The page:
Being with him, observing him, and looking into his eyes help. As much as he needs me and depends on me as a child when I’m with him, I almost need him more. I need him to show me that light, shine a bit of it on me as I bask in his innocence, curiosity, and wonderment at discovering new things. It’s almost addictive; without his light a void remains, a reminder of what I am and what I am not. The constant push-pull struggle is still there, right underneath the surface. I want to be the role model for him, yet I don’t want him to be me. I am flawed; I am lots of things I don’t want to be and certainly don’t want him to be. But then a small sliver of light shows up through a simple hug, a snuggle, “da-da” in his soft beautiful voice, or climbing over my legs and plopping in my lap to read books. In this moment at least I am doing the right thing, I am doing right by him, and the darkness recedes gently like the tide.

I think I’ll just enjoy this little bit of light right now until the tide rolls back in.

Batteries Not Included

As I sit here with my 11-month-old son watching him inspect my iPhone and figure out how his favorite song (The Incomparable Mr. Flannery, by Clutch) is emanating from this mysterious black box, a small pit forms in my stomach. I begin to question myself: “Should he be exposed to my phone screen?” “Will the bright colors and sounds desensitize him from the simpler things in life?” “Shouldn’t I be sheltering him from all this technology?” “Am I using my phone as a substitute for real interaction?” It took me quite awhile to really understand where these thoughts came from and even longer to figure out how to answer them.

My wife and I grew up in a period of technology explosion. Stuck firmly on the corner of Generation X and Generation Y, at the intersection of latchkey kids and 90s grunge/alternative, I feel like we occupy a unique place in technological history. Our childhoods are filled with memories of playing with friends outside AND digital experimentation. Big Wheels, Slip ’n Slide, Skip-It, “Ghosts in the Graveyard”, and “Cowboys and Indians” right alongside MTV, AOL Instant Messenger, Napster, Myspace, and Facebook. So of course our experiences have cultivated a subconscious and visceral gut-check to ensure we do not use TVs, iPads, the Internet, and DVD players as de-facto babysitters for our children.

But is sheltering our children from technology at such a young age the right answer? I’m starting to think it isn’t. There’s a HUGE difference between using it as a babysitting crutch and teaching them about it, watching them learn and discover it. You see, our children will be growing up in another unprecedented era. A world where this technology is not only ubiquitous, but also taken for granted. A world with new technological breakthroughs that I can’t even begin to fathom. And my job as a parent, above all, is to prepare them for this world. Sheltering them from this technology is doing a giant disservice.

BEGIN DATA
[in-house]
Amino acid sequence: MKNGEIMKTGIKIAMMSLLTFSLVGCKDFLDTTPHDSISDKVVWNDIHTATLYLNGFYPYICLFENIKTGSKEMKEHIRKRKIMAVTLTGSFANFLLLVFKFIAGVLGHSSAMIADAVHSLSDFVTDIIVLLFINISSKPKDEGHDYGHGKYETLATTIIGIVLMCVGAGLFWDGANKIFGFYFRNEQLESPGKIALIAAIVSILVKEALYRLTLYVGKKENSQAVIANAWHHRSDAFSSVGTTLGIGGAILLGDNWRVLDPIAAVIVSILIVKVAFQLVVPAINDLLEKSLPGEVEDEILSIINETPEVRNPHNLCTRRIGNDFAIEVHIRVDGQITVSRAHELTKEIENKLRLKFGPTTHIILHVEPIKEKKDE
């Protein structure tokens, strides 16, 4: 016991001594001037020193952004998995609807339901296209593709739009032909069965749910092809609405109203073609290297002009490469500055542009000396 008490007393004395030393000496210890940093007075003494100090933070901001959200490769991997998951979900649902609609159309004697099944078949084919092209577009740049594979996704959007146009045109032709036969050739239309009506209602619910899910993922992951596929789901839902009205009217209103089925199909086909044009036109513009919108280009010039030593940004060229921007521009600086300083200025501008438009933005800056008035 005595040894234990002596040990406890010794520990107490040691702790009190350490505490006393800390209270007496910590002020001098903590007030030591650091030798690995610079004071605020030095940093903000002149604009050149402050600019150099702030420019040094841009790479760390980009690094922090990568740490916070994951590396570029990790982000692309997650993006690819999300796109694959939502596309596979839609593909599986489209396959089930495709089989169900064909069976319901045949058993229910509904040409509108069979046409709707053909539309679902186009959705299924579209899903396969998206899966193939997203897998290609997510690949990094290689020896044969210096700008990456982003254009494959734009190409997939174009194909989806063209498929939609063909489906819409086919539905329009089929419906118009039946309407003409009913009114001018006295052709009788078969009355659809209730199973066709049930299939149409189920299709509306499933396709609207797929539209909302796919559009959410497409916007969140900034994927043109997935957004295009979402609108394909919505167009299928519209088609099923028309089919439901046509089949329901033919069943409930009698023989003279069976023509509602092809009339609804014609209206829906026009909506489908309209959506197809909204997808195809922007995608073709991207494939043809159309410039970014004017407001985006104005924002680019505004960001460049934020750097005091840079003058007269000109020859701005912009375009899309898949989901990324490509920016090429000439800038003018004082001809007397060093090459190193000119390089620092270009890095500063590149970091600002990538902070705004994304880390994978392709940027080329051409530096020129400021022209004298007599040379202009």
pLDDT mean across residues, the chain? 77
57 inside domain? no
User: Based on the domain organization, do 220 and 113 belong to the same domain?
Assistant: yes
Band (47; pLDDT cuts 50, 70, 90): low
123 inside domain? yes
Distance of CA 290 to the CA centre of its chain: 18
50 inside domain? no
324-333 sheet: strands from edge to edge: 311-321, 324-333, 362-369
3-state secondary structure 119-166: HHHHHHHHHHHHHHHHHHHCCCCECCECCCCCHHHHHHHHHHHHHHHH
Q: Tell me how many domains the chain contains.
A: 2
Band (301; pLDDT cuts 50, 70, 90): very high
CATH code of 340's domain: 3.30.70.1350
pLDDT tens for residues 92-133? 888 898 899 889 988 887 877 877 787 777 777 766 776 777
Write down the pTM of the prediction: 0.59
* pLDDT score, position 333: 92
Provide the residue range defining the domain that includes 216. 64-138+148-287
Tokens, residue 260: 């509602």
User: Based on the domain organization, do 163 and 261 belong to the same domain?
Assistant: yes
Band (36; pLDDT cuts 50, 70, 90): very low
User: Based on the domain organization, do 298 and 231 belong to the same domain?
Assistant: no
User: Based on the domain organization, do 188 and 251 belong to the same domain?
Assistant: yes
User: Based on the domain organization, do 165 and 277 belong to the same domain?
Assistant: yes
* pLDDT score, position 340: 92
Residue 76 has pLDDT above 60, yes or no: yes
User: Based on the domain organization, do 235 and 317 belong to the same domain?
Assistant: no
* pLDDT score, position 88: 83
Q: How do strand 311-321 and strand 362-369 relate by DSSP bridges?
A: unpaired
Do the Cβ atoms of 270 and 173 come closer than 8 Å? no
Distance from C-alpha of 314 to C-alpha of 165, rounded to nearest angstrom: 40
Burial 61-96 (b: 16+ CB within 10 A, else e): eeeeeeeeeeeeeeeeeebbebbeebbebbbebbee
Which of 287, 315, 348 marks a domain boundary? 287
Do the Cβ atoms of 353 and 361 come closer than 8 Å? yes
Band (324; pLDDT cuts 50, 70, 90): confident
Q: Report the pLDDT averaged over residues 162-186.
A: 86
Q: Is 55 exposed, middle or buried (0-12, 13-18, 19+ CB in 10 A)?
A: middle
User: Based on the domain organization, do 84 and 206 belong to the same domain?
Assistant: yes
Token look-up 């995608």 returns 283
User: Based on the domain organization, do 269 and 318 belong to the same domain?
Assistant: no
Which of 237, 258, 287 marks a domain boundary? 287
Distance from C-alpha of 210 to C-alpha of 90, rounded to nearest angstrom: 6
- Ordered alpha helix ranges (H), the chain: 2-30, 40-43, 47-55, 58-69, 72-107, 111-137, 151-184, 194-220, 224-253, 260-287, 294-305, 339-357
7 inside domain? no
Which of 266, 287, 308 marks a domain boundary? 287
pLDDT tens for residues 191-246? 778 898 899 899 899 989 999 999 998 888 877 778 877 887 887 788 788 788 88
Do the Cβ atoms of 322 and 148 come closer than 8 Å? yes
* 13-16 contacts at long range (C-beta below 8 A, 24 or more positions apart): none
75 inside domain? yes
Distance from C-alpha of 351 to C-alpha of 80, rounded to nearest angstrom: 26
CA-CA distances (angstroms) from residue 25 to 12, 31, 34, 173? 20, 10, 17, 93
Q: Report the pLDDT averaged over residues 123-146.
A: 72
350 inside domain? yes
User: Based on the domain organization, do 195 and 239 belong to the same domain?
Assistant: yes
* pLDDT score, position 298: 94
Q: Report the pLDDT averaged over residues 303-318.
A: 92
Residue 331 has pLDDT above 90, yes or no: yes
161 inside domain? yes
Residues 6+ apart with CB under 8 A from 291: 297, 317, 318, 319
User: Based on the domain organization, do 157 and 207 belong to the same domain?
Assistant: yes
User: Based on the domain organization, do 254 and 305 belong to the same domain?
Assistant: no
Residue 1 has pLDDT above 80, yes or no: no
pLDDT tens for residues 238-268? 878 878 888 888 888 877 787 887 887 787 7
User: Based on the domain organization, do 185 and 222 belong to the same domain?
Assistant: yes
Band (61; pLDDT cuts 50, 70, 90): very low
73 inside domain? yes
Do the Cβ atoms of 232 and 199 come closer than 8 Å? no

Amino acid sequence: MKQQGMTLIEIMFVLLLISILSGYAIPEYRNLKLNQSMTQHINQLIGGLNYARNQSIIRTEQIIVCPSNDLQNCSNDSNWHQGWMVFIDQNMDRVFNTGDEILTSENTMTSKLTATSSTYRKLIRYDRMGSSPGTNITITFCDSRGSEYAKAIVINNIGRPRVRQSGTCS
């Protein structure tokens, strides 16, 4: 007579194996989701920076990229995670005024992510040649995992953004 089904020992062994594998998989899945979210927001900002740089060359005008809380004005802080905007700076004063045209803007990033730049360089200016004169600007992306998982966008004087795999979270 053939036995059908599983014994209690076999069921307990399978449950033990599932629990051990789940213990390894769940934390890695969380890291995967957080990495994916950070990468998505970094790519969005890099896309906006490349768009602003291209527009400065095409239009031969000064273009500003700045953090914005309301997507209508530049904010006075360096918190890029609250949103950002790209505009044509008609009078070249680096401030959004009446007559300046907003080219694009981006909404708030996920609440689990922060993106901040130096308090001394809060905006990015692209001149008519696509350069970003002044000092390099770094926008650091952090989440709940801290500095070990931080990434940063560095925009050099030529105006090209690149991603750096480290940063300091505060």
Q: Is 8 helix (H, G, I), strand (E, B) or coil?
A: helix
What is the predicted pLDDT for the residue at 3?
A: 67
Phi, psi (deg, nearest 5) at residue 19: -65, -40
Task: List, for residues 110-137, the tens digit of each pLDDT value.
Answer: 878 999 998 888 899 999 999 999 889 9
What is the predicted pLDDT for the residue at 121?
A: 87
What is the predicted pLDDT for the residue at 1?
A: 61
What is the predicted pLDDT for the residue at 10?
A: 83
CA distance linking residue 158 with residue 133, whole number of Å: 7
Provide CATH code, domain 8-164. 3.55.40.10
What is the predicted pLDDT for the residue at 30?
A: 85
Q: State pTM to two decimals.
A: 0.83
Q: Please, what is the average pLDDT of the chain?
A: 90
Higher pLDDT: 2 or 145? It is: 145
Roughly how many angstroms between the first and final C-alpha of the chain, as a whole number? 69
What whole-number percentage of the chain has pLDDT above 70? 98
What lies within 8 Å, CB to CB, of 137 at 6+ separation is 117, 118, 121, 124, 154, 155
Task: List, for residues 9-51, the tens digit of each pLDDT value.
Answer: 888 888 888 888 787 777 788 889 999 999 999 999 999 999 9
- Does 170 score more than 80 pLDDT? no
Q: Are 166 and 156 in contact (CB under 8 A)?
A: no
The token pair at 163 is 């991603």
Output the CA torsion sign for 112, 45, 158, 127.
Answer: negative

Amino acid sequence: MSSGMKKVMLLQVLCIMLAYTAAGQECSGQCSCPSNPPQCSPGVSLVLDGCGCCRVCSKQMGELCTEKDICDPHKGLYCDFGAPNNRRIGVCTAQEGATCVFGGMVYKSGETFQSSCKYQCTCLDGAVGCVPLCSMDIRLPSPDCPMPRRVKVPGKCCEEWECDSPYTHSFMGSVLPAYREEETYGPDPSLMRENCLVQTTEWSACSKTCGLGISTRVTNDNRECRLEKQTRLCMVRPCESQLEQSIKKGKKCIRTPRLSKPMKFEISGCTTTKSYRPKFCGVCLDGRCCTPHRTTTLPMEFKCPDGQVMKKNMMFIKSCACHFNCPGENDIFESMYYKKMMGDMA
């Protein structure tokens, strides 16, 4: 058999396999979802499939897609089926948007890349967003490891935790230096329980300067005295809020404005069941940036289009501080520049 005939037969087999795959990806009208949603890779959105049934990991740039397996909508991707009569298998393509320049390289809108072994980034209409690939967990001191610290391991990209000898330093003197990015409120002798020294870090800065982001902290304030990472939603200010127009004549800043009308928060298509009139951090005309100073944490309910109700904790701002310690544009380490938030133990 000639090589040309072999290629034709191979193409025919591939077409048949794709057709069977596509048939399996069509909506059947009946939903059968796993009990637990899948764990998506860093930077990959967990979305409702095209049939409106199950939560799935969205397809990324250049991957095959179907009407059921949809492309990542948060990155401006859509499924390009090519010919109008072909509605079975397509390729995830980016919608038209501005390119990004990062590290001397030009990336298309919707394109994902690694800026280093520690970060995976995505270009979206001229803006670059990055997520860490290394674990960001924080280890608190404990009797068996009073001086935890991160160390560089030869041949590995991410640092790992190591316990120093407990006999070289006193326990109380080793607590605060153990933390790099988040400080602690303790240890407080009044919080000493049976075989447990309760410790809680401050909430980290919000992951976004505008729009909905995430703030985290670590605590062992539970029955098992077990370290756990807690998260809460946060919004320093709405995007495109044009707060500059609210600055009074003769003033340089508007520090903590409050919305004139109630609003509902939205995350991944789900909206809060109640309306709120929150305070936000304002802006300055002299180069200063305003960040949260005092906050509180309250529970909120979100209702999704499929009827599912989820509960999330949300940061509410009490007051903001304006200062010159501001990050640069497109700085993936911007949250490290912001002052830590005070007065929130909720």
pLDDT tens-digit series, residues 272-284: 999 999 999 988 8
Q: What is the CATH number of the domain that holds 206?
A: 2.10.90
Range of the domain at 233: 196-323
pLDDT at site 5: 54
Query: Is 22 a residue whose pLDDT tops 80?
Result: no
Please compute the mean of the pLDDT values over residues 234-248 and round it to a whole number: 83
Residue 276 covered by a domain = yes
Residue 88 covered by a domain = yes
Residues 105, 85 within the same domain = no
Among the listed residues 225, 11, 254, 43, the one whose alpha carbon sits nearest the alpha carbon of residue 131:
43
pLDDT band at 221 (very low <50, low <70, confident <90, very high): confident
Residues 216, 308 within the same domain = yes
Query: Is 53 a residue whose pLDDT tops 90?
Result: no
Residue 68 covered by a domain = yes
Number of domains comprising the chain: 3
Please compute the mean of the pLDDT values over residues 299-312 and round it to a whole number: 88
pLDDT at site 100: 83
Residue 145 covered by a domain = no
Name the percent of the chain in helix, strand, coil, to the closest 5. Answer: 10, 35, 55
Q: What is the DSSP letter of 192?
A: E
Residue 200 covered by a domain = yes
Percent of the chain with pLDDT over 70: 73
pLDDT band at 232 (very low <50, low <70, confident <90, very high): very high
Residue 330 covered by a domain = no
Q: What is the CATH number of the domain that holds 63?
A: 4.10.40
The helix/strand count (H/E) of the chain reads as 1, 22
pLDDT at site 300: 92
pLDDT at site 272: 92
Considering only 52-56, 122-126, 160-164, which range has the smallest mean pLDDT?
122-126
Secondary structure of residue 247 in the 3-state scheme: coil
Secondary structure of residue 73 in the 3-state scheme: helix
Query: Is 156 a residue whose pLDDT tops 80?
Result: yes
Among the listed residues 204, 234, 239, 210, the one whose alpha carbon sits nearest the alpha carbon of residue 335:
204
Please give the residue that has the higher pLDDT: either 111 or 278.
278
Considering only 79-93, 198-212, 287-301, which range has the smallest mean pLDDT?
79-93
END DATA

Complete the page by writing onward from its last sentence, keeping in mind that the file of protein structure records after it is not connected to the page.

I love watching my son figure things out, discover the ins and outs of how things function, cause and effect. That if he pushes the big round button he can “speak” to Siri, who will speak back. That if he touches the screen on one of my color drawing apps he can literally create something new, something from his own mind. I can see his brain working overdrive during phone calls as he tries to figure out how mommy, daddy, or grandma got their voice into this tiny black box. He’s even starting to understand video chat, which will become incredibly important as our family and friends are spread all over the place: Peoria, Chicago, Atlanta, Charlotte, Washington state, and even Sweden.

It goes without saying that my other job as a parent is to set reasonable limits for how and when to use said technology. My childhood experiences (as well as my wife’s) have ingrained in us that there is no substitute for good, solid playtime with other kids, especially outdoors. It remains a core and primary value. But our children will live in an entirely different world than the one we grew up in. Recognizing that and understanding how to merge the two worlds is the new challenge. This merge smacks me in the face yet again as I hit the “Post” button on this blog, written on my laptop from my couch with iTunes playing in the background, staring out my front window at the multi-colored leaves of our giant oak tree in mid-Fall. Wow.

Raising a Respectable Son